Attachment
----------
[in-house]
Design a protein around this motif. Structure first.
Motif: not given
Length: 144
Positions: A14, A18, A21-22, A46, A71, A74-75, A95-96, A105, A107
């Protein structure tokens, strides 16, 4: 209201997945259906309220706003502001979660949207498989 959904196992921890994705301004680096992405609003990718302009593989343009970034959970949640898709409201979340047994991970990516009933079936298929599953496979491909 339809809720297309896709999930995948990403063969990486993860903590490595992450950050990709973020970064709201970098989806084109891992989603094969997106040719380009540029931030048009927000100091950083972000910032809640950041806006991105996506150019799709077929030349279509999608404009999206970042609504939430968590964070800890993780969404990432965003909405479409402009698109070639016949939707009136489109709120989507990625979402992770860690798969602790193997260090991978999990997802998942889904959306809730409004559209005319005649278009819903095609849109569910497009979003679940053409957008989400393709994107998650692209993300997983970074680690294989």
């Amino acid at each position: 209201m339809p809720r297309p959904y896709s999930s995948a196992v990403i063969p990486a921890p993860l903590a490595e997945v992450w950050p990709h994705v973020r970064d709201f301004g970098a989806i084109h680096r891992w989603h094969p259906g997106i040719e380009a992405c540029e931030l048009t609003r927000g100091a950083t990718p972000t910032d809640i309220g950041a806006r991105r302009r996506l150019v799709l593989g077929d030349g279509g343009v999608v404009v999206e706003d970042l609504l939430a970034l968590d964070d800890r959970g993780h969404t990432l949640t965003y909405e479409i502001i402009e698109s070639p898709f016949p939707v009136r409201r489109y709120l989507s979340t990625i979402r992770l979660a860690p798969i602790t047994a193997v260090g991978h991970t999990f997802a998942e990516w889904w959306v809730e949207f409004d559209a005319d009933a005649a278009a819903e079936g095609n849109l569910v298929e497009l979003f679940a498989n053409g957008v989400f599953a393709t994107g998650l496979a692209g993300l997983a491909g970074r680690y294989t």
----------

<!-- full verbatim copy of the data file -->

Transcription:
[in-house]
Design a protein around this motif. Structure first.
Motif: not given
Length: 144
Positions: A14, A18, A21-22, A46, A71, A74-75, A95-96, A105, A107
């Protein structure tokens, strides 16, 4: 209201997945259906309220706003502001979660949207498989 959904196992921890994705301004680096992405609003990718302009593989343009970034959970949640898709409201979340047994991970990516009933079936298929599953496979491909 339809809720297309896709999930995948990403063969990486993860903590490595992450950050990709973020970064709201970098989806084109891992989603094969997106040719380009540029931030048009927000100091950083972000910032809640950041806006991105996506150019799709077929030349279509999608404009999206970042609504939430968590964070800890993780969404990432965003909405479409402009698109070639016949939707009136489109709120989507990625979402992770860690798969602790193997260090991978999990997802998942889904959306809730409004559209005319005649278009819903095609849109569910497009979003679940053409957008989400393709994107998650692209993300997983970074680690294989």
């Amino acid at each position: 209201m339809p809720r297309p959904y896709s999930s995948a196992v990403i063969p990486a921890p993860l903590a490595e997945v992450w950050p990709h994705v973020r970064d709201f301004g970098a989806i084109h680096r891992w989603h094969p259906g997106i040719e380009a992405c540029e931030l048009t609003r927000g100091a950083t990718p972000t910032d809640i309220g950041a806006r991105r302009r996506l150019v799709l593989g077929d030349g279509g343009v999608v404009v999206e706003d970042l609504l939430a970034l968590d964070d800890r959970g993780h969404t990432l949640t965003y909405e479409i502001i402009e698109s070639p898709f016949p939707v009136r409201r489109y709120l989507s979340t990625i979402r992770l979660a860690p798969i602790t047994a193997v260090g991978h991970t999990f997802a998942e990516w889904w959306v809730e949207f409004d559209a005319d009933a005649a278009a819903e079936g095609n849109l569910v298929e497009l979003f679940a498989n053409g957008v989400f599953a393709t994107g998650l496979a692209g993300l997983a491909g970074r680690y294989t």